East of England – let joy be somewhat unconfined…

Greetings from an election-free Gipping Valley, where it gives me great pleasure to report on events in the East of England. In truth, you can pretty much divide the region into two halves today. In Norfolk and Suffolk, only the county towns saw election action, and Bedfordshire sat this one out altogether. That left Cambridgeshire, Essex and Hertfordshire to fight, and the results have been pretty good.

We’ll start with Essex, which saw gains in Brentwood (2), Colchester (2), Rochford (2), Epping Forest and Southend-on-Sea, as half of the councils were up, which indicates that progress is being made. The Conservative/Independent coalition running Colchester is expected to be replaced with a Liberal Democrat/Labour coalition of partners, with the Liberal Democrats holding one more seat than Labour. Will Quince, no replacement for Bob Russell in truth, should be looking over his shoulder for next time, although the split opposition might be his salvation.

In Cambridgeshire, attention was on the Liberal Democrat defence of South Cambridgeshire, where we’d won thirty of the forty-five seats in 2018. Despite an attempt by local Conservatives to decapitate Bridget Smith in Gamlingay, she increased her majority by four, whilst all around her, Liberal Democrats were storming home with increased majorities. We now hold thirty-seven of the forty-five seats, with eight Conservatives left to bind their wounds and mourn the fallen. And, with the Labour and Independent councillors falling too, it could be said to be a very good night for a very well-organised Local Party. As for the local Conservatives, their social media operation might need a slight recalibration…

Huntingdonshire went NOC, with three Lib Dem gains, and we’ll see what happens with the independents there, whilst Peterborough held on to their four seats in spite of strong competition. The only disappointment came from Cambridge, where three seats were lost to Labour.

But it is Hertfordshire which saw the most sensational result of the night, where St Albans saw twenty gains as the Conservatives were reduced to four councillors from twenty-two, leaving the council with fifty Liberal Democrats, facing a combined opposition of six (one Green and one Independent to go along with the four Conservatives). I do think that the Local party got this a bit wrong though…

Elsewhere, Peter Taylor swept to victory in the Watford mayoralty, increasing his vote from 2018 by 6% and winning on first preferences, and there was a gain from Labour to take the Group to twenty-seven against nine Labour. I ought to mention Ian Stotesbury, who increased his majority in Callowland ward very nicely. Or was it his friend wot won it?…

Three Rivers Liberal Democrats might be disappointed to lose a seat to the Greens, but congratulations go out to our former colleague, Sara Bedford, who retained her seat easily in Abbots Langley and Bedmond, whilst there were two gains in North Hertfordshire to take the Group there to thirteen.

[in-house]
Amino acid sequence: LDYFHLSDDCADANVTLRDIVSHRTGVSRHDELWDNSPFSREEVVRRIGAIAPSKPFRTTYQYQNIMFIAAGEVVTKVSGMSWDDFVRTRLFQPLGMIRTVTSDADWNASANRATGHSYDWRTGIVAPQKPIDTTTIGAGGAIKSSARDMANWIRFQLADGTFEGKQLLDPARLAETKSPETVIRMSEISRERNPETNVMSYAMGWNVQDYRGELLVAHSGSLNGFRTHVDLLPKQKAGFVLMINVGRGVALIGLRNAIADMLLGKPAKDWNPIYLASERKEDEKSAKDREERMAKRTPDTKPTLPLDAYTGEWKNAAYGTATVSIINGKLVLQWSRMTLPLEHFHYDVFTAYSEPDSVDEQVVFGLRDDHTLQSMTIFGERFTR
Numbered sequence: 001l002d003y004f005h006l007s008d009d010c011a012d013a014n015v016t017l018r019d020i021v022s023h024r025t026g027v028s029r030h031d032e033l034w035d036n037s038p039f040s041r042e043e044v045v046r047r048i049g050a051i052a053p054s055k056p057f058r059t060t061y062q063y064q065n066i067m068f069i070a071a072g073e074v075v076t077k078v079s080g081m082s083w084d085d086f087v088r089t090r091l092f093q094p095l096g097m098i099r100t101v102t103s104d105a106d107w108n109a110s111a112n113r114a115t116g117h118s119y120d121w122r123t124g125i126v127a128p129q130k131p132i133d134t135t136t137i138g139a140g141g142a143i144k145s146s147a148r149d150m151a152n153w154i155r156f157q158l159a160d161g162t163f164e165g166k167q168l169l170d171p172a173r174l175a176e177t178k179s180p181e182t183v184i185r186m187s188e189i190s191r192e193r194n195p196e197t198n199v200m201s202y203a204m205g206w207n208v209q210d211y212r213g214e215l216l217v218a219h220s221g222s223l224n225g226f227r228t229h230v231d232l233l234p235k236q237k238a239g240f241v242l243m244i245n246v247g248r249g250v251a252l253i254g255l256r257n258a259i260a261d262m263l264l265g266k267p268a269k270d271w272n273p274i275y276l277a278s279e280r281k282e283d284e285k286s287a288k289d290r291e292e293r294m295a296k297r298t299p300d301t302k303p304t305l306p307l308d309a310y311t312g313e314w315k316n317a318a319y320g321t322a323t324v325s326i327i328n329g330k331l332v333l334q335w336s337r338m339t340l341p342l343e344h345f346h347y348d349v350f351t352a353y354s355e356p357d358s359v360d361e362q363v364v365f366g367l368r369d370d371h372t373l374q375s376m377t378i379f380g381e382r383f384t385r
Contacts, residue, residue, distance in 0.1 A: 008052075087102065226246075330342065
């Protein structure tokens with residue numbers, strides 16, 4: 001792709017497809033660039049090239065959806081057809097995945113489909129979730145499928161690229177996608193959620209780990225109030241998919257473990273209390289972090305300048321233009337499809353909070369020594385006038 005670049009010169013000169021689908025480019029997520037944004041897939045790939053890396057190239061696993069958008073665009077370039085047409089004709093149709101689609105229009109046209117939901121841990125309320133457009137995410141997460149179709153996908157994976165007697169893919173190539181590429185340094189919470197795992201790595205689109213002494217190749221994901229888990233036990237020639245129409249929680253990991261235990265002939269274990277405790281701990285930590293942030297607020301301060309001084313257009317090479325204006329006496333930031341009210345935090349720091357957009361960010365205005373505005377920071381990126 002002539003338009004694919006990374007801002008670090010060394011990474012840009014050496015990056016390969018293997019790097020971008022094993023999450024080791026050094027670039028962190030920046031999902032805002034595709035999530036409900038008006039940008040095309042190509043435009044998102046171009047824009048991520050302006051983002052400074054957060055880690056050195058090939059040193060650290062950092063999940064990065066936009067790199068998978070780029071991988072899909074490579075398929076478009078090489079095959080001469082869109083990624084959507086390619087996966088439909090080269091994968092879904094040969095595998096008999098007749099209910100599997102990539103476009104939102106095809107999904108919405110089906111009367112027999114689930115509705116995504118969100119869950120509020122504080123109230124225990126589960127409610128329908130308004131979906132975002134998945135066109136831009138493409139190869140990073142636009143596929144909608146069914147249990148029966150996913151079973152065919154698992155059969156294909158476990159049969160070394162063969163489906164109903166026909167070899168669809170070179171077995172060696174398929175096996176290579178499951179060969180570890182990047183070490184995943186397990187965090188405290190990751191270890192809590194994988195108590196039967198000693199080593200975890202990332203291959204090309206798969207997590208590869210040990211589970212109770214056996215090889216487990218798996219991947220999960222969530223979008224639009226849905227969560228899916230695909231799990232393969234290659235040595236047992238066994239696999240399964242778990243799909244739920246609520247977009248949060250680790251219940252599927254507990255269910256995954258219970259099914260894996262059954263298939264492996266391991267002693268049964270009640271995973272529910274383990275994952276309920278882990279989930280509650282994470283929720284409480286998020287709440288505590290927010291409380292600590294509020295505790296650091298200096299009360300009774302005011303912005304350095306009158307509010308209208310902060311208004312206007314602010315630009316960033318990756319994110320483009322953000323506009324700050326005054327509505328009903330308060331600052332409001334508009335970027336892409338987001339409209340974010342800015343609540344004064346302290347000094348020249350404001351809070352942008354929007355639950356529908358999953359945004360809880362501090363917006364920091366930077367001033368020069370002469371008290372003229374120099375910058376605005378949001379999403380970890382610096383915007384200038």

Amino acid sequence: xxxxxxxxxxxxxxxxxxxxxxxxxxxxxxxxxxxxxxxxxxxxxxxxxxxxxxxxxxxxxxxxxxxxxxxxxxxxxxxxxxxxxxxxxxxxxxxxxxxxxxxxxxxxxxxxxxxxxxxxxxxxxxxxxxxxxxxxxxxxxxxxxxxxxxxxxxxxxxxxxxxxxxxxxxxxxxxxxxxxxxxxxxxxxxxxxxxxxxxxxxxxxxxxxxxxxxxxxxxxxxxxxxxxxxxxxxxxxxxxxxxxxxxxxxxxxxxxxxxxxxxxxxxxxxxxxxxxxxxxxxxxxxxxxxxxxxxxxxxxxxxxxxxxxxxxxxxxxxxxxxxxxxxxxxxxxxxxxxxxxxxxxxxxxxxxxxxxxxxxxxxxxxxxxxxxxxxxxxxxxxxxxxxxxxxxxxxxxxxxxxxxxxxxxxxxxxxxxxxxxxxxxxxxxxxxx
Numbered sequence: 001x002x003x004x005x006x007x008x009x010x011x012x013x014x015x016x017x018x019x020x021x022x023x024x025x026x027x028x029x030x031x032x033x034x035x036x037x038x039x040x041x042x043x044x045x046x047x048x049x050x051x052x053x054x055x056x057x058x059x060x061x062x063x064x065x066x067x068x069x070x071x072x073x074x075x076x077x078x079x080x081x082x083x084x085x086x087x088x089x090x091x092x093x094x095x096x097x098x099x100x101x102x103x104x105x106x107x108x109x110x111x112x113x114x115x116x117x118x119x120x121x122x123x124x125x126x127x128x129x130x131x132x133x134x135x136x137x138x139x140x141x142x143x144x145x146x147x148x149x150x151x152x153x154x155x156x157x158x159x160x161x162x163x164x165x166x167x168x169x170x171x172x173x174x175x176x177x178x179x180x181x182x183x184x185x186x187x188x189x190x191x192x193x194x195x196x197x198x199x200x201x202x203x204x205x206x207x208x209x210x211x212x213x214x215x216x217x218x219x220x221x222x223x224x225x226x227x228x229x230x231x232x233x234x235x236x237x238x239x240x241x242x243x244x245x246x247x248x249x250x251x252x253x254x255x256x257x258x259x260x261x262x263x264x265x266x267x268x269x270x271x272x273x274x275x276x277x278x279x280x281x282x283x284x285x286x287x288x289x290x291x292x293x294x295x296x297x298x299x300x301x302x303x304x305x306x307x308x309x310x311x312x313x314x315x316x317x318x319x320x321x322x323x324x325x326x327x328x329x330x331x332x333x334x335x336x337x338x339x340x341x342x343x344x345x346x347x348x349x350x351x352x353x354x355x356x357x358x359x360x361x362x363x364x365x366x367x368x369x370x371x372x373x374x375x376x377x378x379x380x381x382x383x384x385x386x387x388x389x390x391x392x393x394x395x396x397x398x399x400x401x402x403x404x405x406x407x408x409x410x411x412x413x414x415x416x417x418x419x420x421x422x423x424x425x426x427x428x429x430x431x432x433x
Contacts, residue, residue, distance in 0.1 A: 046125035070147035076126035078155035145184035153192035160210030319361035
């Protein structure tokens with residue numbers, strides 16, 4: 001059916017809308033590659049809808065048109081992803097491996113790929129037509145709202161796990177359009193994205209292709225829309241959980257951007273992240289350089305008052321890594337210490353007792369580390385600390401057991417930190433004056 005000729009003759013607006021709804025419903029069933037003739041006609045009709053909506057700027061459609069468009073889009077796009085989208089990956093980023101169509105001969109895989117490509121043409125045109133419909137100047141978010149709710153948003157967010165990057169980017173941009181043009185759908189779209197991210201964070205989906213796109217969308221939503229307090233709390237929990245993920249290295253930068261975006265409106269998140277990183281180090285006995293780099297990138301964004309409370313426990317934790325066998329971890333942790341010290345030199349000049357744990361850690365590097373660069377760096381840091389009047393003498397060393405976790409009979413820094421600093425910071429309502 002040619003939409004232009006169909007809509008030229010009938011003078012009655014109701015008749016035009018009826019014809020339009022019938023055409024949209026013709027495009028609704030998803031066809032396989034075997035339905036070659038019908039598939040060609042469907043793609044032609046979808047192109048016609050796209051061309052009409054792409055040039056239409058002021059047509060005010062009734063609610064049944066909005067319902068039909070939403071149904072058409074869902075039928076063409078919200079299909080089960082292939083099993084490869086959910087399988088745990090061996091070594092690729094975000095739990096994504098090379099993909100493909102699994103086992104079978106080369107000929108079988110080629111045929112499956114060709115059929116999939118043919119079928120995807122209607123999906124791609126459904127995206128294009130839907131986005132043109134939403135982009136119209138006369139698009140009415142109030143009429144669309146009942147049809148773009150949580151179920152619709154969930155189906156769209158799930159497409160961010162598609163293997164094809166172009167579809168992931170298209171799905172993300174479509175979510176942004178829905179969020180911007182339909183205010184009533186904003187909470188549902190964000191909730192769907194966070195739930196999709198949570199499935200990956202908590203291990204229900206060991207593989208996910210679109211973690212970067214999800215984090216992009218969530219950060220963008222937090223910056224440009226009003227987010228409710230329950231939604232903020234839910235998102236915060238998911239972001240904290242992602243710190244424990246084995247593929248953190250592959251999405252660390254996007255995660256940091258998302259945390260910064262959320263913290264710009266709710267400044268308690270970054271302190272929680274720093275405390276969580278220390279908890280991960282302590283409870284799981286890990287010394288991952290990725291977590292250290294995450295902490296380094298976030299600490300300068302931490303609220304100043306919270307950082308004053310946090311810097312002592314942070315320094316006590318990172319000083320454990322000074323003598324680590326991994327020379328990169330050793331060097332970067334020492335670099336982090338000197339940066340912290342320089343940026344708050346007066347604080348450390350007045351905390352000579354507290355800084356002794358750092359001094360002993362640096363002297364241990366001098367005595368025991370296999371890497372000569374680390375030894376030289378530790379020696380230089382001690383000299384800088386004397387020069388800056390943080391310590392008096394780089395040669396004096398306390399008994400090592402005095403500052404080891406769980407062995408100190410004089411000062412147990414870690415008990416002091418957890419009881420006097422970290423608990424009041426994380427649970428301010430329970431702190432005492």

I ought to note the result in Handside ward, Welwyn Hatfield, where Michal Siewniak, and his running mate, Gemma Moore, were elected with 67% of the vote. Congratulations to Michal and Gemma!

With no change in Ipswich or Norwich, I make the final position for the Liberal Democrats across the Region as a gain of thirty-nine seats. Congratulations to all who fought seats, regardless of the outcome, and with next year seeing District Council contests across the rest of the Region, it’s a real encouragement for those of us who are facing Conservative-led authorities!

* Mark Valladares is the Monday Editor of Liberal Democrat Voice.

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2 Comments

  • Simon Banks 7th May '22 - 8:36am

    Nice to see in a Colchester ward where I helped a bit, we took out the Tory leader of the council. Incredible results in St Albans and South Cambs. In general the picture seems to be that Labour, where already strong, did very well in diverse and socially liberal areas (London, Cambridge) and still hasn’t won the Red Wall back except in Wales. We made big gains against Blue Wall Tories where we were already quite strong, but in some socially similar places where we were weak, we stay weak. There are some very encouraging results from the North, revival at last, not only Hull and Farronland but places where we’ve gone from 0 to 1, so important. On recent trends, the Scottish and Welsh results are better than might have been expected, too. Overall, the pointers are probably a bit better for general election seats than the overall figures might suggest.

  • Plus 2 years is a long time in politics.

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